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Growing Lettuce & Spinach

Posted: April 19, 2012

Lettuce and spinach are cool-weather crops that can be the first veggies to plant and the first to harvest in the springtime. Here are some tips for growing them in the garden.
A variety of lettuces in the garden can be very decorative.

A variety of lettuces in the garden can be very decorative.

 

Types: Lettuce is divided into two types, head and leaf. Head lettuce requires more maintenance and is more difficult to grow than leaf lettuce. As opposed to leaf lettuce, once a head of lettuce is harvested, a new head will not grow. Spinach is differentiated by leaf type—crinkled leaf, savoy, and plain leaf.

When to Plant: Both lettuce and spinach grow well in temperatures ranging from 50 to 70°F, with ground temperatures ranging from 35 to 45°F. Once daytime temperatures reach 80°F and above, the plants tend to bolt, or go to seed, and the taste becomes bitter. In early spring, sow lettuce seeds in the garden up to 4 weeks before the last spring frost. Spinach can be sown even earlier, generally up to 8 weeks before the last spring frost. However, these times are approximations since the soil must be dry and workable before any seed can be sown. In our area, a good time to sow spinach is in early April for harvest by the end of May. Lettuce seed can be sown in mid-April for harvest in the beginning of June. Successive weekly plantings until late May or early June will provide a continuous harvest until daytime temperatures become too high. Both prefer a loose, fertile, loamy soil, heavy with organic matter, with a pH of 6.0 to 6.5.

How to Plant: Both lettuce and spinach can be sown directly into the garden, as neither transplants well. Seeds can be either broadcast over an area no more than 12 to 15 inches wide, to allow easy maintenance, or sown in rows. Seeds should be covered with 1/4” to 1/2” of soil. Some lettuce seeds require light for germination, so be sure to read the instructions on the seed packet. Lettuce and spinach can be grown in containers; placing the containers in shaded areas during the hot hours of the day will prolong the growing season.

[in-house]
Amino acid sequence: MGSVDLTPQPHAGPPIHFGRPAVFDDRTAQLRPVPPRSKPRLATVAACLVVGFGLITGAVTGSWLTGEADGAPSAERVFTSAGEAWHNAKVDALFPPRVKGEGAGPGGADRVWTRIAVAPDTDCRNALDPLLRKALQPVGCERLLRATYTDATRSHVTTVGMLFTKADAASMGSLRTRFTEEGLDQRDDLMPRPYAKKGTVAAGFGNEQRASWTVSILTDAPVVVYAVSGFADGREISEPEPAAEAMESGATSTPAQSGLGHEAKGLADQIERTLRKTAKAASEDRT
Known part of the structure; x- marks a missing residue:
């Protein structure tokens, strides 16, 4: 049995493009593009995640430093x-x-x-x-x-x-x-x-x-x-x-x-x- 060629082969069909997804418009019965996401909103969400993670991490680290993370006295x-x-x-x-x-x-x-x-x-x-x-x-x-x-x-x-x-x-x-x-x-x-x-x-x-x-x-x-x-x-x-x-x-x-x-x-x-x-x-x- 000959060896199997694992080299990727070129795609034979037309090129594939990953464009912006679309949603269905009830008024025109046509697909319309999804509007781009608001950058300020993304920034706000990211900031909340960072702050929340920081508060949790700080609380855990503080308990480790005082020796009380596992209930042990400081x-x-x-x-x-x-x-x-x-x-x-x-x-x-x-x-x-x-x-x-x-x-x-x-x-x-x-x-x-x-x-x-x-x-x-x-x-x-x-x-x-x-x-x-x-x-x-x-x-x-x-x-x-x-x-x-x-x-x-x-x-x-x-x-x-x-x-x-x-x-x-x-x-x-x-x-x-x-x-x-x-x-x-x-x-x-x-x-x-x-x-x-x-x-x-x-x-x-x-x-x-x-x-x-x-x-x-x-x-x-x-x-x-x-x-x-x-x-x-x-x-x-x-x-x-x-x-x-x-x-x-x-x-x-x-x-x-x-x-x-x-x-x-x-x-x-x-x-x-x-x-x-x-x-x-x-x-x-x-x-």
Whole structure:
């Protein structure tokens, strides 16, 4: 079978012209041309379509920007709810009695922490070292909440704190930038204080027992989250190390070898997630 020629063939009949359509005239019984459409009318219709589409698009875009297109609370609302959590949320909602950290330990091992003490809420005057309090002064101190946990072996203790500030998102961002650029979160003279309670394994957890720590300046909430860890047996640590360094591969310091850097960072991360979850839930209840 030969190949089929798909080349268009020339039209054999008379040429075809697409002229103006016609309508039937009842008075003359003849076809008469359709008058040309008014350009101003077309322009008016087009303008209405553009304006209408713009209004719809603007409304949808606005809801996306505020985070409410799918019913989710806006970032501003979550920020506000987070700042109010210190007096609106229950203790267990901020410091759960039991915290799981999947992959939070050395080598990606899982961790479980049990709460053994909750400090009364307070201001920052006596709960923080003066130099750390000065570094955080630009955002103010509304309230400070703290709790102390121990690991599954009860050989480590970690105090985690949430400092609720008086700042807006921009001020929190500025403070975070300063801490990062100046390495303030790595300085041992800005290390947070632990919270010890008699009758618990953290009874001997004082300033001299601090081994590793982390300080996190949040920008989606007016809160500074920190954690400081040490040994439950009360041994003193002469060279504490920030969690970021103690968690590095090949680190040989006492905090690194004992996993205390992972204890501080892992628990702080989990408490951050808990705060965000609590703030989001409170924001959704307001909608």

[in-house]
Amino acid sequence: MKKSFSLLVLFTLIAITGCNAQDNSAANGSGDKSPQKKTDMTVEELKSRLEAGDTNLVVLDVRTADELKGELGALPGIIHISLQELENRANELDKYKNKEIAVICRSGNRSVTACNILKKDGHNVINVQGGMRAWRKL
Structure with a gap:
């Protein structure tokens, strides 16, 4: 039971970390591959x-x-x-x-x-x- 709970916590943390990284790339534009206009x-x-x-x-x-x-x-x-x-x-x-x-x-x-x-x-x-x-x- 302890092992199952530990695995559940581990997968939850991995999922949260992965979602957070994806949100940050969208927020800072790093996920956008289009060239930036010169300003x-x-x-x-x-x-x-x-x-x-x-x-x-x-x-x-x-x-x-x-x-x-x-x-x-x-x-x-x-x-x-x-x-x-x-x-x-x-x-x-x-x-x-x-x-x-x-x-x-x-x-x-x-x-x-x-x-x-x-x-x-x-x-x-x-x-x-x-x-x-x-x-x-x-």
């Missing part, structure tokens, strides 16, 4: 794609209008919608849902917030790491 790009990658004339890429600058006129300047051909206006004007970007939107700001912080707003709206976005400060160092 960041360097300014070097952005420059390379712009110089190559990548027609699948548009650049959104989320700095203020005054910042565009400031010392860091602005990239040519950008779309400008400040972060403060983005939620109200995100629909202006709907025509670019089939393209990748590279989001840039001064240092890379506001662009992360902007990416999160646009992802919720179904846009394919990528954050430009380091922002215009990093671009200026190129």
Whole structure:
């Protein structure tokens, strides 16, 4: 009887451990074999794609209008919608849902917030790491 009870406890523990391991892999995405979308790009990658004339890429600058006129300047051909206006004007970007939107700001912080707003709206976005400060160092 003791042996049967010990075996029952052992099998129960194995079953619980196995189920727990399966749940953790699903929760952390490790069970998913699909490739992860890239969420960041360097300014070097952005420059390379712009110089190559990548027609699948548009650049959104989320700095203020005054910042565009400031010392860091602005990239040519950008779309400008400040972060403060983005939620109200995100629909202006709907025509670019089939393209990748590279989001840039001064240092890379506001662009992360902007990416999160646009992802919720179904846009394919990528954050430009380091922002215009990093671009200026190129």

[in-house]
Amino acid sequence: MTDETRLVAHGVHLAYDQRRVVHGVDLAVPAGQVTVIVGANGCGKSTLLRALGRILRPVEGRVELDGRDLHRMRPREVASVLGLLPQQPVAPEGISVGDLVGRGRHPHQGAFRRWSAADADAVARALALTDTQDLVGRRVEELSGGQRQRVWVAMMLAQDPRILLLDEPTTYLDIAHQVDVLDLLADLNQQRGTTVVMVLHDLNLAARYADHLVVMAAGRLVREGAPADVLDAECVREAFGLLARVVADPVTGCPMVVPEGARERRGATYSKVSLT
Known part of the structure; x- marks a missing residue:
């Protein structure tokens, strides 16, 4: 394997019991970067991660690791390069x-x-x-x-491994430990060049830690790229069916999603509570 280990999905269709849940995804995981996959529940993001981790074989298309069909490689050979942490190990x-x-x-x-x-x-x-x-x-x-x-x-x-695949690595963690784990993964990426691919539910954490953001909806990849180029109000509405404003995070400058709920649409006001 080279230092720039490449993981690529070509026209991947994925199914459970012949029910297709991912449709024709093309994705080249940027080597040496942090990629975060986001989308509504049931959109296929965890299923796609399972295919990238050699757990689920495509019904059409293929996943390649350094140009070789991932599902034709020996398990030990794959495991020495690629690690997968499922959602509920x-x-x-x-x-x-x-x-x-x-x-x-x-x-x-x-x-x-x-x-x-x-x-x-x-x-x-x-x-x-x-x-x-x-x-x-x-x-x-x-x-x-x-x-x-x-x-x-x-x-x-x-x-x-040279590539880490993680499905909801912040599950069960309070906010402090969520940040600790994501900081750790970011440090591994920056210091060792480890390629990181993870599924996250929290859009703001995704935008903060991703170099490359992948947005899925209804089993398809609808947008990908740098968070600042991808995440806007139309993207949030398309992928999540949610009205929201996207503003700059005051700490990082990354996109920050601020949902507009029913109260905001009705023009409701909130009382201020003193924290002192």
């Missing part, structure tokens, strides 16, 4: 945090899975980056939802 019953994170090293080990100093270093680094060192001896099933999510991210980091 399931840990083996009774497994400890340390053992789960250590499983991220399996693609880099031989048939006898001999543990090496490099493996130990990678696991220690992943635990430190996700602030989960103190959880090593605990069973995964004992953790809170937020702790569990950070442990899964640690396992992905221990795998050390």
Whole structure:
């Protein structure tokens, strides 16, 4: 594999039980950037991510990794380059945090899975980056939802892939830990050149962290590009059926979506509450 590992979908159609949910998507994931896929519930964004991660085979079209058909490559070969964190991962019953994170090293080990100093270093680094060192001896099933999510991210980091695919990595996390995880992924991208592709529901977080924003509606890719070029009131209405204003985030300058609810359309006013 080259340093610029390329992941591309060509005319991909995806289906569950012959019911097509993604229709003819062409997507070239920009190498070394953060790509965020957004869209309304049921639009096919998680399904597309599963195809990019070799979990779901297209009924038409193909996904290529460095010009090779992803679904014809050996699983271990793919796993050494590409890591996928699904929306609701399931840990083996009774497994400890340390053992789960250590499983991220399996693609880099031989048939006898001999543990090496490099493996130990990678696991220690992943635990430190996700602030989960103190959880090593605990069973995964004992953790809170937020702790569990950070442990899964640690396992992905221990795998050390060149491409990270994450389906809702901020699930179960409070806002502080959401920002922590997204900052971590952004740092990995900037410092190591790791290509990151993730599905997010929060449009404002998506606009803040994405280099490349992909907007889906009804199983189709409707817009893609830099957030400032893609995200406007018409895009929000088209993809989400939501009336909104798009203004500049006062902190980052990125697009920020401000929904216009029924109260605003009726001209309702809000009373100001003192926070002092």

Care: Plants should be watered deeply, once a week, if no rain is forecast. Mulching also helps to conserve moisture. However, be careful not to overwater, which can lead to disease problems.

If you are unable to perform a soil test to determine your fertilizer needs, as a general rule of thumb use 3 to 4 lbs. of a 5-10-10 fertilizer per 100 square feet of garden. Thin seedlings to allow room for growth, and use these young leaves in a salad as they are at their most tender and delicious.

Harvest: Leaf lettuce may be harvested at any time during its growth; it will continue to produce new leaves as you harvest leaves from the outside. Head lettuce should be harvested when the heads are full-sized. Spinach is mature when it has a rosette of 5 to 6 leaves. Entire plants can be cut at the soil line, as spinach does not produce new leaves. Both spinach and lettuce tend to become bitter and woody the older they get.